Stringent Emission Targets to Fuel EV Charging Infrastructure Development

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Rise in CO2 emission levels from various sectors of the economy is propelling the adoption of energy-efficient and sustainable alternatives, including electric passenger and commercial fleet. The government and certain internationally recognized organizations are adopting strict regulations to control environmental degradation, stimulating the establishment of efficient EV charging infrastructure worldwide.

Reportedly, a passenger vehicle emits close to 4.6 metric tons of carbon dioxide every year and the number is expected to grow owing to increasing production of vehicles globally. In 2018, more than 1.53 million passenger cars were manufactured in the U.K. alone, contributing over £82 billion towards the economy.

Constant R&D in the automotive industry to meet the changing consumer demands along with the need to adhere to government regulations will add impetus to global EV charging infrastructure market share. To control carbon emission from vehicles in Europe, the EU commission had set a target of 130 grams of CO2 emission per kilometer of new passenger vehicles in 2015 and from 2021, the average emission target is to be reduced to 95g CO2/km.

Growing EV development by automakers

Rise in disposable income among people in both developed and developing economies is driving development in the automobile industry. Growing awareness among people regarding the need to adopt sustainable forms of transportation to control carbon footprint has led to the introduction of electric vehicles.

Global EV charging infrastructure market size is projected to reach over US$46 billion by 2925. An electric can be fueled from renewable sources of energy such as wind, solar and hydro. Development of advanced EV charging infrastructure has encouraged leading automobile companies to develop electric vehicle models, including Ford, GM, BMW, Hyundai and many others.

Recently, Mini Cooper – a brand established under automobile giant manufacturer BMW has announced the launch of the Mini Cooper SE – an electric variant of the vehicle. The car comprises a 32kWh battery, enough for a nearly 110 mile range and is expected to be launched in the U.S. by March 2020.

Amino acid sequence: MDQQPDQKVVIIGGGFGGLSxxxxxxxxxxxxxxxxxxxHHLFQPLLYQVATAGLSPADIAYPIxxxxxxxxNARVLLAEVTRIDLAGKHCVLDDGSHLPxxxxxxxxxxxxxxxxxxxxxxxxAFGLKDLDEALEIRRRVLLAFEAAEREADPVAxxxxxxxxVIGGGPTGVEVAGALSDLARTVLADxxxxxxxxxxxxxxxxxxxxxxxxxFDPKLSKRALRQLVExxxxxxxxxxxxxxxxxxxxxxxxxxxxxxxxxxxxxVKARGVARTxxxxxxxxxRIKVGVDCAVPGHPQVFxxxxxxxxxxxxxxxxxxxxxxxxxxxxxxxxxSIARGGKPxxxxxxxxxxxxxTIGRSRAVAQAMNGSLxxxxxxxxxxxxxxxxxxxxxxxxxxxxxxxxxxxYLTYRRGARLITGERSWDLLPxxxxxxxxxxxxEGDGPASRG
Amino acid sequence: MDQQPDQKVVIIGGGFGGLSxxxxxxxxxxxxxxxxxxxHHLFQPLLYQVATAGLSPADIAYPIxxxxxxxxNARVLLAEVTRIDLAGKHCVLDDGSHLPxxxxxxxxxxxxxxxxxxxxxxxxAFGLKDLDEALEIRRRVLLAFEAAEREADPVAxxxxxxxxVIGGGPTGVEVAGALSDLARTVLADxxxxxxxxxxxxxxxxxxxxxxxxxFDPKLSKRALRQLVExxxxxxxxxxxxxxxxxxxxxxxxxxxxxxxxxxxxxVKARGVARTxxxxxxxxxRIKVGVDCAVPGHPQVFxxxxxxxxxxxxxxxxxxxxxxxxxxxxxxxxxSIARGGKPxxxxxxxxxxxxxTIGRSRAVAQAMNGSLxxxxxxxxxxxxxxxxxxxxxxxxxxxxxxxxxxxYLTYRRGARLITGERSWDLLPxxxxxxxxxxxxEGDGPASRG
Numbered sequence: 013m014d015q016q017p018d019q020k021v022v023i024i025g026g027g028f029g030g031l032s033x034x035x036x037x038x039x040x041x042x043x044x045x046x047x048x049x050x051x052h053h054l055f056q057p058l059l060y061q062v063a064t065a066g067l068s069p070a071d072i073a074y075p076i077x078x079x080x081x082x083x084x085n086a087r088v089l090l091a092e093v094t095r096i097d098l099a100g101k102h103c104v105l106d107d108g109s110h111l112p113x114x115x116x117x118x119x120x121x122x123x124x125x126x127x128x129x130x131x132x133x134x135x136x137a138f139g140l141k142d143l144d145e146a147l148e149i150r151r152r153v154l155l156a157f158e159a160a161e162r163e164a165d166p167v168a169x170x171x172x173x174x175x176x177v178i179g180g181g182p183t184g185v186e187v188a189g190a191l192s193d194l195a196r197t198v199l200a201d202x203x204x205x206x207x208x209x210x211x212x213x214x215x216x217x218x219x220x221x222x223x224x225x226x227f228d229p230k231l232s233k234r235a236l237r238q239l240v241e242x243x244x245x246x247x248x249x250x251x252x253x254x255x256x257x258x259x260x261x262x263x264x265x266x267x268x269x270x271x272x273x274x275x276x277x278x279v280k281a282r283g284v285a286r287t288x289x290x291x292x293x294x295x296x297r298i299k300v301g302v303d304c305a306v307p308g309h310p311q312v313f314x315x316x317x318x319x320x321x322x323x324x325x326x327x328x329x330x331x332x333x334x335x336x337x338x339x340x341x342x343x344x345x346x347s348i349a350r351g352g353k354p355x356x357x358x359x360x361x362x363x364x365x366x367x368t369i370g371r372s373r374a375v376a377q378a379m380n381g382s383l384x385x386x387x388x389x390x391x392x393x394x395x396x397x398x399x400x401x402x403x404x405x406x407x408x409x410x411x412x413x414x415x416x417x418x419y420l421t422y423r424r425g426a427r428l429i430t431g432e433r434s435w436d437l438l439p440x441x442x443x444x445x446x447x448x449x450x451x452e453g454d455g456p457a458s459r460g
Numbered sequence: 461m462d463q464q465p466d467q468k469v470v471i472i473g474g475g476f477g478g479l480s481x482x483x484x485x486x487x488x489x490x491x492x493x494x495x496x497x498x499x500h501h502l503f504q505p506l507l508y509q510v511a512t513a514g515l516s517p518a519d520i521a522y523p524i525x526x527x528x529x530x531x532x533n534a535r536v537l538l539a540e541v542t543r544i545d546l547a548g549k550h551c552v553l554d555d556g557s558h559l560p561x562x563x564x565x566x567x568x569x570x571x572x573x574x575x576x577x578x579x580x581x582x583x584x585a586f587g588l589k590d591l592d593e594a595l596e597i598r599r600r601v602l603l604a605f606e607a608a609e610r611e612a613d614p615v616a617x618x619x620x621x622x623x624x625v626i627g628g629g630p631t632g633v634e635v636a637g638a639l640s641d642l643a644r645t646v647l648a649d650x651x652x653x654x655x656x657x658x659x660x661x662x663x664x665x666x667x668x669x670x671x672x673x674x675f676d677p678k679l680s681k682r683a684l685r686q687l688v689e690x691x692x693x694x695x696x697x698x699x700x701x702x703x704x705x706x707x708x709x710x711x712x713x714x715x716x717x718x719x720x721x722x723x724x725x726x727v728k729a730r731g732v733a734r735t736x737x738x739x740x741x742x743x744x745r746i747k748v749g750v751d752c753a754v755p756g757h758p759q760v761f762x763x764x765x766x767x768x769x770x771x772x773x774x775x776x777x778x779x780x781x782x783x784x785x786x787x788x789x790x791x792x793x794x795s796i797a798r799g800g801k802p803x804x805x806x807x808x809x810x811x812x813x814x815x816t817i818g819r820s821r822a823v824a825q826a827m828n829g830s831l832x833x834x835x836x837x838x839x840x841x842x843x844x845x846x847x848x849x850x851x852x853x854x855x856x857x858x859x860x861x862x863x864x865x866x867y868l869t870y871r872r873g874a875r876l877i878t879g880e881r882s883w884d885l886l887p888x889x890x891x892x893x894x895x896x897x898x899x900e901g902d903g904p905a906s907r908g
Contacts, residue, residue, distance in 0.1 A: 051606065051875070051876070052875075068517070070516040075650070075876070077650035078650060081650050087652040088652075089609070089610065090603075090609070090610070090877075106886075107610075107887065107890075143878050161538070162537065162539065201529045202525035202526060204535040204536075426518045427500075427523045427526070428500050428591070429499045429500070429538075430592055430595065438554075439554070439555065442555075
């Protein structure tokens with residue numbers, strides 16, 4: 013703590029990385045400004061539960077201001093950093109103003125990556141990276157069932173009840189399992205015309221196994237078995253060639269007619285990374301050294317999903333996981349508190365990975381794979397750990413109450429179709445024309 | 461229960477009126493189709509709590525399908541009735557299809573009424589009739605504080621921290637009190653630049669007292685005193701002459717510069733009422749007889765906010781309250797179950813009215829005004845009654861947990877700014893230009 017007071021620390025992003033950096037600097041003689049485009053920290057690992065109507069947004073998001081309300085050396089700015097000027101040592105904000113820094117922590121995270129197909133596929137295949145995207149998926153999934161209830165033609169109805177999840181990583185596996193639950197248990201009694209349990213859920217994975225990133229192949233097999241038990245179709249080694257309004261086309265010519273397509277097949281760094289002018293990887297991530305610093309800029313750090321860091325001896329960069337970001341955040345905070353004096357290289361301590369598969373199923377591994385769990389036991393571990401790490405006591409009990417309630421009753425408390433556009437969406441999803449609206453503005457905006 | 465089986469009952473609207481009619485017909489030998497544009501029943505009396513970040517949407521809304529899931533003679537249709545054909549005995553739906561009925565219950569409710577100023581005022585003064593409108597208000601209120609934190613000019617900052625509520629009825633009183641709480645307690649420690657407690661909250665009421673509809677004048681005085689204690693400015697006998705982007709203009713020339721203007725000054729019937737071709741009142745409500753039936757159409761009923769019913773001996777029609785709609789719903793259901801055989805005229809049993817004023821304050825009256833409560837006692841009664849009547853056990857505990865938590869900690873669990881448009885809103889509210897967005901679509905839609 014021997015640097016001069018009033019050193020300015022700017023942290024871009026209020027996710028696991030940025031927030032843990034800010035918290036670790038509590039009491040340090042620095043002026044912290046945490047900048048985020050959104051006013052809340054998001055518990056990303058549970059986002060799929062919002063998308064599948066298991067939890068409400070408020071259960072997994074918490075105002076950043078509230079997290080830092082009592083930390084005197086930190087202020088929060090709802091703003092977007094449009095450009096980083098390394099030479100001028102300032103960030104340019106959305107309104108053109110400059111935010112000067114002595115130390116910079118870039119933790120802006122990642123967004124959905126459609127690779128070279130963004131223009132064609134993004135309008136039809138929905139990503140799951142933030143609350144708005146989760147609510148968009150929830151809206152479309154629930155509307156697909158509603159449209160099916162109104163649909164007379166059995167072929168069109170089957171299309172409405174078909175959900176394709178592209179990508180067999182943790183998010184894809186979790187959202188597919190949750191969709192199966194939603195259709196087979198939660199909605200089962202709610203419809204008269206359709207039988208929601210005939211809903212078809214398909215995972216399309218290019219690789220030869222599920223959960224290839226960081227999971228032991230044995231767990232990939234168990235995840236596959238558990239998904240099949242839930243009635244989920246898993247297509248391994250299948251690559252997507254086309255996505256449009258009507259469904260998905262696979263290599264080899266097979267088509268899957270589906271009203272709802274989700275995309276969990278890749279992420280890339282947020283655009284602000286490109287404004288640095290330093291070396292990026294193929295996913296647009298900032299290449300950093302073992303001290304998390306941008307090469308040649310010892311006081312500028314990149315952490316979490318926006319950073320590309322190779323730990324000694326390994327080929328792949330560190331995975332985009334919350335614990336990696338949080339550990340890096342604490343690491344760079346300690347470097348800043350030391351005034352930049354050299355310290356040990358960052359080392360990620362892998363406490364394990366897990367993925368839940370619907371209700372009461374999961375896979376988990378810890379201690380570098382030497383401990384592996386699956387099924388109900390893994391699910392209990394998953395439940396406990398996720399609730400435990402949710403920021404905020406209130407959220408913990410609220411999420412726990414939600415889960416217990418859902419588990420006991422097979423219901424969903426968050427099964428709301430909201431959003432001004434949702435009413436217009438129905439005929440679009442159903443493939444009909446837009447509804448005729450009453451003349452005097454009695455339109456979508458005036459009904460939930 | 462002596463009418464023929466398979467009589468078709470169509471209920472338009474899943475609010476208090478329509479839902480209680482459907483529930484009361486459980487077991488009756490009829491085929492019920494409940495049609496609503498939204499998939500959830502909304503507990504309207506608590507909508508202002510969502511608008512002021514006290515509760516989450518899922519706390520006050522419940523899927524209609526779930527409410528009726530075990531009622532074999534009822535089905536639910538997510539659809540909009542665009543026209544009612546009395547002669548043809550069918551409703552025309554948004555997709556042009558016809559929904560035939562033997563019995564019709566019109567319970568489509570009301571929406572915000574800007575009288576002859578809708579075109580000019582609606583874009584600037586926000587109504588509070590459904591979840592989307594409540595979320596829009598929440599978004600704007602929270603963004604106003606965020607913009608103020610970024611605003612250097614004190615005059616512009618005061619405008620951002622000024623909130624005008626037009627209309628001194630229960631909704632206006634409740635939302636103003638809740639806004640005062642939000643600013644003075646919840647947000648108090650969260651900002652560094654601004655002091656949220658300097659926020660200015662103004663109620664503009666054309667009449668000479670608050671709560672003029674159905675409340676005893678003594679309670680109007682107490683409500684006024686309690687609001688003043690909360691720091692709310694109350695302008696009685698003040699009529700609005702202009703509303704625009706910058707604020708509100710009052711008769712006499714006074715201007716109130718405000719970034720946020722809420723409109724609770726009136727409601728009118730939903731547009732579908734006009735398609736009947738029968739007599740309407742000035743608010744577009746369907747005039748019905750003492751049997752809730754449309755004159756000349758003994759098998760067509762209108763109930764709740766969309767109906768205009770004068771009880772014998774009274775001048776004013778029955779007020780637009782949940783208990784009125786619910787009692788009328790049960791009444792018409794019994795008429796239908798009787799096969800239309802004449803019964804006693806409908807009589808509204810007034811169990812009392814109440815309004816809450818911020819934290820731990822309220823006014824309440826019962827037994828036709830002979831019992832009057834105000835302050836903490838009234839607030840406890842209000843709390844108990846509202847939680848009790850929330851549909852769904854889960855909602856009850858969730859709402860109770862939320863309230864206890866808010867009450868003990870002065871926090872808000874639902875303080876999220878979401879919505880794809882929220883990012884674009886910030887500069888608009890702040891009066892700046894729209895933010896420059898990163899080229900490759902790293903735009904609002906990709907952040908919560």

Fast charging benefits rendered by DC current

DC charging is extensively being used due to its ability to store energy and facilitate fast charging. Fast charging is extremely essential to cover long distances and for large fleets. The quick turnaround allows drivers to recharge their vehicles during the day as compared to being plugged in overnight or for long hours, indicating possible developments across EV charging infrastructure in DC charging.
German automobile manufacturer- Volkswagen recently launched charging stations across the Wolfsburg City in Germany, which besides AC charging, will enable up to 100 kW DC charging and the charging will be free of cost during the test phase of 80 weeks for BEV and PHEV vehicles. Reportedly, the charging point was developed in-house by Volkswagen group Components.

Favorable initiatives by the U.S. government

Increasing adoption of electric vehicles across the U.S. is supplementing the market dynamics over the years. In 2016, there were 160,000 new EV registrations in the region and the number has grown over the years due to the high rate of affordability.

In a bid to encourage the sale of electric vehicles, the U.S. government is offering fiscal benefits such as tax exemptions, rebates and tax credits. California provides rebates to light-duty zero emission automobiles. Additionally, low-income families can avail an extra USD 2000 rebate on the purchase of an electric vehicle.

The U.S. government has also made efforts to increase the penetration of electric charging stations in the region to facilitate smooth functioning of the vehicles. As of 2017, close to 47,130 charging stations were installed across the region. The U.S. General Services Administration has installed EV charging points for federal employees and certain authorized users.

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